Zeroing at 50 took about 7 rounds to get exactly where I wanted, and again, the SIG Sauer 77-grain Performance Ammunition made for an effortless 0.5-inch group at 50 yards. I ended m y extraordinarily satisfying range trip by shooting out six 1-inch circles at 100 yards as quickly as my sights could settle, and I was on them for all six. Not wanting to jinx anything, I packed up and called it a day.


The SIG Sauer MCX Virtus should be a crowd pleaser right out of the box. Ergonomically, it feels great for my small frame, and even as a piston rifle, with the weight inherently biased slightly to the front, the advertised 7.9-pound initial weight is easily managed. The weight-forward feel may also be slightly enhanced by the lack of weight in the stock assembly as there is no buffer tube/ buffer/buffer spring to counterbalance the piston system.

Out of the box, the SIG backup iron sights are hefty, durable, and I love how the front post requires no tool to adjust for elevation. Much like the Magpul PRO sight series, the front sight post has an integral dial system for quick adjustments in the field.

The SIG backup iron sights are hefty, durable and require no tool to adjust for elevation.

As mentioned, the Two Stage Match Duo trigger is a quality two-stage trigger— some users may not even switch it out for a different aftermarket trigger package. It definitely gets the job done with minimal grittiness, and its advertised 4.5-5 pound pull feels more like 4 pounds to my trigger finger.

The integral ambidextrous mag release is a great touch, and frankly, I don’t see why more manufacturers haven’t moved in this direction as well. Although the left-handed shooter market is one-tenth that of the rest of the shooting population, shooters overall are becoming more savvy. We realize that operating a rifle left-handed either out of positional necessity or in an injured shooter situation demands an equally flexible weapon platform, especially for LE and tactical applications.

We had a chance to run through numerous courses of fire, including through vehicles on steel targets from varying ranges, positions and left- and right-handed shooting stages.

The M-LOK accessories such as QD sling plates, both inline and offset, are an excellent touch. While I opted to use a Blue Force Gear U-loop for my sling setup (more for additional exposure and trigger time using it), the fact that SIG also offers those accessories for the discriminating buyer just further demonstrates the company’s thinking for the end user.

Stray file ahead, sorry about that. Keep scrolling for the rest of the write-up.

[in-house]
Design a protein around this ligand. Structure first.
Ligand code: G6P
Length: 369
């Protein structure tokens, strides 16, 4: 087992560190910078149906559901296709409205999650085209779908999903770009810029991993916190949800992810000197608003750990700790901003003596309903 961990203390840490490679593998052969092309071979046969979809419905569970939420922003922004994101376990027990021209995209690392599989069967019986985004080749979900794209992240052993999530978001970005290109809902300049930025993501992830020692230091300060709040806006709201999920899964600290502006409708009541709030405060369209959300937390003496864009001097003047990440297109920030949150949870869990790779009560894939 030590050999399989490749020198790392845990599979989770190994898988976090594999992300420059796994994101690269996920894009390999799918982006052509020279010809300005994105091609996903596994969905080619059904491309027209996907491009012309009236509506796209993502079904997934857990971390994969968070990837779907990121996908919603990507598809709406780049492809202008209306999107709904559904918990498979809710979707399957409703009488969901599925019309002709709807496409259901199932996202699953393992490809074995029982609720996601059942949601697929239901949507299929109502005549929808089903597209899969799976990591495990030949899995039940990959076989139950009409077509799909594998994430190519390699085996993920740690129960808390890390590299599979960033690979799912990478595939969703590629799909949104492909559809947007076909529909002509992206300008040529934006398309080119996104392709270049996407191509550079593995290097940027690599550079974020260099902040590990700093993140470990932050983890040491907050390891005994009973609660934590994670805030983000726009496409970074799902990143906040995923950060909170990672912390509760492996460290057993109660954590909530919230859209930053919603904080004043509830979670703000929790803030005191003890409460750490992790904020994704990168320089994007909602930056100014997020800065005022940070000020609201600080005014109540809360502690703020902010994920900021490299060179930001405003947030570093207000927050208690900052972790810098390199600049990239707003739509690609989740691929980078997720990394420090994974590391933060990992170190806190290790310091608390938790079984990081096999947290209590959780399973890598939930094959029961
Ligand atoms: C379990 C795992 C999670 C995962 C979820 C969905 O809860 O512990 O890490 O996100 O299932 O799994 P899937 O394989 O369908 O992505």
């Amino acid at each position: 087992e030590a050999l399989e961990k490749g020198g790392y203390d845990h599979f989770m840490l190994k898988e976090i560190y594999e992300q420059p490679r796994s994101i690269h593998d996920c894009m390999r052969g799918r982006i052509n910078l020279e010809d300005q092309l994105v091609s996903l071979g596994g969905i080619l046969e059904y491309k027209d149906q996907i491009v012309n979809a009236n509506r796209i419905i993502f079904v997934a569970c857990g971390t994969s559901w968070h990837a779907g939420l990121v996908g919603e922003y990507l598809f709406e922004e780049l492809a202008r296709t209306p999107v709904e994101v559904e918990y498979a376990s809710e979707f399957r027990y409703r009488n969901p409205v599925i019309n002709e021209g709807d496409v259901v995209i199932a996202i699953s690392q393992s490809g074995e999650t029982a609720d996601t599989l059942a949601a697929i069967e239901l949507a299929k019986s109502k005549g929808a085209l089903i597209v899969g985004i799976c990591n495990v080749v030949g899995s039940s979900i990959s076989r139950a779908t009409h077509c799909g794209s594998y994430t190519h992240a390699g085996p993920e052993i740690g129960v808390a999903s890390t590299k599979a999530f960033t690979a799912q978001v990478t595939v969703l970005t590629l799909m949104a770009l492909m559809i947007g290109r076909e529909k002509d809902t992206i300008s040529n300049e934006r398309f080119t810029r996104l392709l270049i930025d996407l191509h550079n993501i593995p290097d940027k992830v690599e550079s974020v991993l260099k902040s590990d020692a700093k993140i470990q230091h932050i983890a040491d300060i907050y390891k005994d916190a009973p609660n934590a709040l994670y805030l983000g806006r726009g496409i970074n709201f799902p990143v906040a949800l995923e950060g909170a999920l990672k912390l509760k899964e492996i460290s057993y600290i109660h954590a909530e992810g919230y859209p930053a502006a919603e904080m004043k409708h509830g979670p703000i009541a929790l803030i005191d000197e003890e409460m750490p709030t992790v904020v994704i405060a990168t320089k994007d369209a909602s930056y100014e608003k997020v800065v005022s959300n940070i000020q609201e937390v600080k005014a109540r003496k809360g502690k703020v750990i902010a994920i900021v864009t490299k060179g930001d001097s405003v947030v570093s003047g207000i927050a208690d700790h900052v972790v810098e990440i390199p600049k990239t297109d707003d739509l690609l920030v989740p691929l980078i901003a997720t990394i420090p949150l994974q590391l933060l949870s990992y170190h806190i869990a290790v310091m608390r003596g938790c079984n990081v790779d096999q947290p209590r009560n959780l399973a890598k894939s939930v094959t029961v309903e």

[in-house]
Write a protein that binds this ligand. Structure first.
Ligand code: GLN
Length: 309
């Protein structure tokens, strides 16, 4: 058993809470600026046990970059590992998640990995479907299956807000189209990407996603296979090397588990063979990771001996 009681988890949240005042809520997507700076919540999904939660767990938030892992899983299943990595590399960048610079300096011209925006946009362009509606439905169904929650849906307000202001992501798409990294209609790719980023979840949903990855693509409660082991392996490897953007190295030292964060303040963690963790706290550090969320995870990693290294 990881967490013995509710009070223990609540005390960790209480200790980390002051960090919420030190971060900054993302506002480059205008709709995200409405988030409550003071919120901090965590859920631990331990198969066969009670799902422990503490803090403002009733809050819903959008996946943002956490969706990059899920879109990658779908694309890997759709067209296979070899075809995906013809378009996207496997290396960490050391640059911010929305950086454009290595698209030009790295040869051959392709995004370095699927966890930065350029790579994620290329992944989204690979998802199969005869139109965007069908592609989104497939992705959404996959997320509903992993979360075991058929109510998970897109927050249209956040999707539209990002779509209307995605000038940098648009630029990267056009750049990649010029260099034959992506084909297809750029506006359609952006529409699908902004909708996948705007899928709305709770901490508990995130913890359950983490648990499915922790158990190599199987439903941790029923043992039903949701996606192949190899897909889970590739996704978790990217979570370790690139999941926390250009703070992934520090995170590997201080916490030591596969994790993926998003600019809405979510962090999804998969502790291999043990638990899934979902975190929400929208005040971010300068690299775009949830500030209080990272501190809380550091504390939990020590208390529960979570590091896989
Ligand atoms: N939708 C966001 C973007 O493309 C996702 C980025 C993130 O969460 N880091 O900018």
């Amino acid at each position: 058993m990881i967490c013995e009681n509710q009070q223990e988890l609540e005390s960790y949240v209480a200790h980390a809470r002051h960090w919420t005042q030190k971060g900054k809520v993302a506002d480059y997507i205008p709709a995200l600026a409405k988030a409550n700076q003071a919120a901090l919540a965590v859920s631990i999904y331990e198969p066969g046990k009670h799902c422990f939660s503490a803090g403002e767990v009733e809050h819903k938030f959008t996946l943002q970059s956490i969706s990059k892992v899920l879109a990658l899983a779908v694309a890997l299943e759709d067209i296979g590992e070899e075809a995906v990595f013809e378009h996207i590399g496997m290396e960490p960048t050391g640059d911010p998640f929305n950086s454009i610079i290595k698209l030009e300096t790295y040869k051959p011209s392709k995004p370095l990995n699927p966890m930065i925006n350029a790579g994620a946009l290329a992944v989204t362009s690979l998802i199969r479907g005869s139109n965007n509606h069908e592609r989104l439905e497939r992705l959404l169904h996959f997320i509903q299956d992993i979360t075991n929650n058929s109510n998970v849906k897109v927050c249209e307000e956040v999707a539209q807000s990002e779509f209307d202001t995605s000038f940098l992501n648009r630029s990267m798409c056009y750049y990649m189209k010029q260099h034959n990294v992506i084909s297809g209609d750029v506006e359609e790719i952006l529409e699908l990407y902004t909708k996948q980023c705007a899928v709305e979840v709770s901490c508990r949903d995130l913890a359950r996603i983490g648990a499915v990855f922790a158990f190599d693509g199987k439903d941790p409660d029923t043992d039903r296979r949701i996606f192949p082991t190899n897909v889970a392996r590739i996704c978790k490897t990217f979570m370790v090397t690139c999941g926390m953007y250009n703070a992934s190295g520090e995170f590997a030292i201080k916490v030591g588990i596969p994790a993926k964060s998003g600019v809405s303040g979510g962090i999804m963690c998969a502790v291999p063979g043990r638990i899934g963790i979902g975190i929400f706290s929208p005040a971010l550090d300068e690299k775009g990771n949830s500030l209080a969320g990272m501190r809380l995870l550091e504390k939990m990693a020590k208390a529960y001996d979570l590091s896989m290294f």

The only downside of the system is the included stock system. SIG offers multiple stock configurations and that’s a good thing, as I disliked the included stock. I found the adjustment lever to not be intuitive, and due to its rectangular shape, quickly adjusting it on the fly was difficult as it tended to bind which pulling it to lengthen the pull. I also found that while prone, even for someone as short as I am (5’3”), I wanted at least another inch to 1.5 inches of pull to really settle into a solid shooting platform.

While at SIG Academy, I was able to swap different stock models around, and I much preferred the more traditional M4-style stock option. It just worked better in multiple shooting positions. I would like to see SIG allow for the prospective buyer to have the option to choose their initial stock configuration prior to purchase.

All in all, the Virtus is a solid platform. Keep in mind that this is an initial review and I only have in total about 1,500-2,000 rounds down on this system. SIG Sauer claims that the Virtus’s internal parts will not need servicing or replacement until 20,000 rounds, which I didn’t come close to, but the longer the Virtus is in consumer hands out in the wild, we’ll see how it lives up to the claims of service longevity.

For now, I am having a very hard time boxing the Virtus up and sending it back.



MSRP: $2,233

Editor’s Note: A version of this article first appeared in the July-August print issue of World of Firepower Magazine.